A Universe of Consciousness: How Matter Becomes Imagination

A Universe of Consciousness: How Matter Becomes Imagination

A Universe of Consciousness: How Matter Becomes Imagination

A Universe of Consciousness: How Matter Becomes Imagination

Synopsis

Edelman received the Nobel Prize for Physiology or Medicine in 1972, and is affiliated with the Neurosciences Institute and the Neurosciences Research Foundation. Tononi, also with the Neurosciences Institute, specializes in theoretical and experimental neurobiology. Here they aim "To describe the neural mechanisms that give rise to consciousness, to show how the general properties of consciousness emerge as a result of the properties of the brain as a complex system, to analyze the origins of subjective states or qualia, and to show how the successful pursuit of all these efforts may change our views of the scientific observer and of long-held philosophical positions...". (from the preface).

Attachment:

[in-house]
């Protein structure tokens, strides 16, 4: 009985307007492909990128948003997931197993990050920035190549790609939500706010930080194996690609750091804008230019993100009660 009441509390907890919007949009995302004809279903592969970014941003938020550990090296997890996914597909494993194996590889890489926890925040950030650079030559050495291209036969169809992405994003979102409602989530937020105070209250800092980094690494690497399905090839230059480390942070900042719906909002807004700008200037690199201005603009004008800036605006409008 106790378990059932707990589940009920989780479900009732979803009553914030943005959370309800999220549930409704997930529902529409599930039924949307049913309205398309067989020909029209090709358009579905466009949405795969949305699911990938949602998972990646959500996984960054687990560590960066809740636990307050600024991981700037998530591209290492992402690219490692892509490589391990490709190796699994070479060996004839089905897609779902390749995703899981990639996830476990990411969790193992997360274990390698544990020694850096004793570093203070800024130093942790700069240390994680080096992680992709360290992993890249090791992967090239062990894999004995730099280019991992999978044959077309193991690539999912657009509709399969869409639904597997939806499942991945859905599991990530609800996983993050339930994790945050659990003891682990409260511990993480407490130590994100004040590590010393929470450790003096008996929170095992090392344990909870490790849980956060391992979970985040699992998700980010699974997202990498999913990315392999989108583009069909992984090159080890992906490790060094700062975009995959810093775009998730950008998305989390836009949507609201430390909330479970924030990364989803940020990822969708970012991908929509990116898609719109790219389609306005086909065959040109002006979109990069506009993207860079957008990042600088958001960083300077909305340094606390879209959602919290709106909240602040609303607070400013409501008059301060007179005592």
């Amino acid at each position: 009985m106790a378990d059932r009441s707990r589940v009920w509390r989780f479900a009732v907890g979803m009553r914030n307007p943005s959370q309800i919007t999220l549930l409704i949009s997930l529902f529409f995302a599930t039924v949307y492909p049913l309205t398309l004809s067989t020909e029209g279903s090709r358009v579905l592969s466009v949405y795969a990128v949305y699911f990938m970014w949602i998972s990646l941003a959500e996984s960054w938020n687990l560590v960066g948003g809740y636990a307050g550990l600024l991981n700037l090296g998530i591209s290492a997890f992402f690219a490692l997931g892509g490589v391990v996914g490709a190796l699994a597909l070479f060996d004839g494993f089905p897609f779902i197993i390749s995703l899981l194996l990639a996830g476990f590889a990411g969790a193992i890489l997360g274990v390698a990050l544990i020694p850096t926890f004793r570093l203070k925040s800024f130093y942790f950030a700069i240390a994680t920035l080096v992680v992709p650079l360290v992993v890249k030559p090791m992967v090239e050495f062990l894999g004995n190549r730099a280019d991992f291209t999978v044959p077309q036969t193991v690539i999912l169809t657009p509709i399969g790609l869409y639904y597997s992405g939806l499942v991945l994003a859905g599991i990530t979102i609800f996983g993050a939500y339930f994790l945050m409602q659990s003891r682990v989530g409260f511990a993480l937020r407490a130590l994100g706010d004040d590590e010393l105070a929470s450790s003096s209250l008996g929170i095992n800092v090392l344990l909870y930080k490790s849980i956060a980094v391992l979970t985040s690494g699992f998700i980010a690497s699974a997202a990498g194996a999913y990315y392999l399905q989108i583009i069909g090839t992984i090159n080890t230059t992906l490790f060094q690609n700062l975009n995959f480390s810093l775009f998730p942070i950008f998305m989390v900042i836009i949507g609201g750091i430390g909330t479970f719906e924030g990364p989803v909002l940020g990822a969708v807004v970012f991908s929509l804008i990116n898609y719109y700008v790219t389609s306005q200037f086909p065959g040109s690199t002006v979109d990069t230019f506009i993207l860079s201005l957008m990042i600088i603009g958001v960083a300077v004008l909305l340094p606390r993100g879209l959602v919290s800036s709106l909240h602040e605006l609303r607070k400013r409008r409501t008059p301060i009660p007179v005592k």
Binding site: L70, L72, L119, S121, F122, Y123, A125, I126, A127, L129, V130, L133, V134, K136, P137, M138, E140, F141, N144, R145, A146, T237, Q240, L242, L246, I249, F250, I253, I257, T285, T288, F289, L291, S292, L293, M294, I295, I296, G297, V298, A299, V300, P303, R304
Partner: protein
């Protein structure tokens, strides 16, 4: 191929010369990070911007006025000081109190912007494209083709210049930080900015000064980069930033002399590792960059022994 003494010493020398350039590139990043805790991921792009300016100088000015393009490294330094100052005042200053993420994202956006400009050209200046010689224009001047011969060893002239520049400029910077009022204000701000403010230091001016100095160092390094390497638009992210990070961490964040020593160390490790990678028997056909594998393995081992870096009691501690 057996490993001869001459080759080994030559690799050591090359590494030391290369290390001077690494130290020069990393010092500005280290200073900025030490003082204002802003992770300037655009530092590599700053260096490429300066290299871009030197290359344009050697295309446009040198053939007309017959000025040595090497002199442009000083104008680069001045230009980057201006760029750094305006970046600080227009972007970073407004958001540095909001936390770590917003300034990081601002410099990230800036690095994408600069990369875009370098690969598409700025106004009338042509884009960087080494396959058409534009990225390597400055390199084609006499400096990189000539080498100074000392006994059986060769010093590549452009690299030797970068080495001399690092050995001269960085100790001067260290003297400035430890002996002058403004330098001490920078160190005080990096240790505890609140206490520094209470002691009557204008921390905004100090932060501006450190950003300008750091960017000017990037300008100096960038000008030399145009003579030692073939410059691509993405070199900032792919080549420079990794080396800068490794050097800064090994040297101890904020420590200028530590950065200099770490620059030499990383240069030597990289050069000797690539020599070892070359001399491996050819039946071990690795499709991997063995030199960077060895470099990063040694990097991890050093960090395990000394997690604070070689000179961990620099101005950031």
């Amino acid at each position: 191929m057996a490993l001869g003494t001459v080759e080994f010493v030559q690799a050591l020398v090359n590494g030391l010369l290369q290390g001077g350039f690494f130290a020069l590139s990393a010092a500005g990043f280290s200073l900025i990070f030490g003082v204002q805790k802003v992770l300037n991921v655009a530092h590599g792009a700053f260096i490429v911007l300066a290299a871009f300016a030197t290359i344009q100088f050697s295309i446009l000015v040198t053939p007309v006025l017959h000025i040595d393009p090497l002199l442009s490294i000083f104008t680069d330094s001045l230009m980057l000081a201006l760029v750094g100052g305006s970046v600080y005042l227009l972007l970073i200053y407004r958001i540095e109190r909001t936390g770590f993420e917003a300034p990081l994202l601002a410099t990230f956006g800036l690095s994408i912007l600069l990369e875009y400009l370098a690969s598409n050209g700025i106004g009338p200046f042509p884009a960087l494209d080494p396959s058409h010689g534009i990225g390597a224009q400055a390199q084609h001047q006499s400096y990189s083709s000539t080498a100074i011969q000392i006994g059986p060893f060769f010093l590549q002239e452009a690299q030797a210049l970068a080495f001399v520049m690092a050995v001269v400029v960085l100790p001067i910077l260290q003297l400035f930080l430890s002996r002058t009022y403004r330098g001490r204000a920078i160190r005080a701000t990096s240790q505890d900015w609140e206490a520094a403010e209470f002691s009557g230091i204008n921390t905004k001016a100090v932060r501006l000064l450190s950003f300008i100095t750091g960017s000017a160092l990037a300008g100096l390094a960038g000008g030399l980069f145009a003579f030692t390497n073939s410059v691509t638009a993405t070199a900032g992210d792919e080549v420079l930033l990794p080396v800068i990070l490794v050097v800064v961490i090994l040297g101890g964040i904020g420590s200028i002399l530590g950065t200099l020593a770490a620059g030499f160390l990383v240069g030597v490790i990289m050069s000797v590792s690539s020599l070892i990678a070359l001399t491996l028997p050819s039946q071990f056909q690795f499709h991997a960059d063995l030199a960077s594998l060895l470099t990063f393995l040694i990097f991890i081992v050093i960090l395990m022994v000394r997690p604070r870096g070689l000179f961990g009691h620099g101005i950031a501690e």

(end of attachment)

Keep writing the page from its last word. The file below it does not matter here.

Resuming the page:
Excerpt

The subject of consciousness has not lacked for human attention. In the past, it was the exclusive domain of philosophers, but recently both psychologists and neuroscientists have begun to attack the so-called mind-body problem or, in Schopenhauer's suggestive phrase, the world knot. In this chapter we briefly review classical and modern approaches to consciousness. We point out various positions taken by philosophers, psychologists, and neuroscientists, rejecting some of the more flagrant ones, such as dualism or extreme reductionism. We suggest that consciousness can be considered a scientific subject and that it is not the sole province of philosophers.

Everyone knows what consciousness is: It is what abandons you every evening when you fall asleep and reappears the next morning when you wake up. This deceptive simplicity reminds us of what William James said of attention at the turn of the century: Everyone knows what attention is. It is the taking possession by the mind, in clear and vivid form, of one out of what seem several simultaneously possible objects or trains of thought. More than one hundred years later, many think that neither attention nor consciousness is understood in any fundamental sense.

This lack of understanding is certainly not because of lack of attention in philosophical or scientific circles. Ever since René Descartes, few subjects . . .

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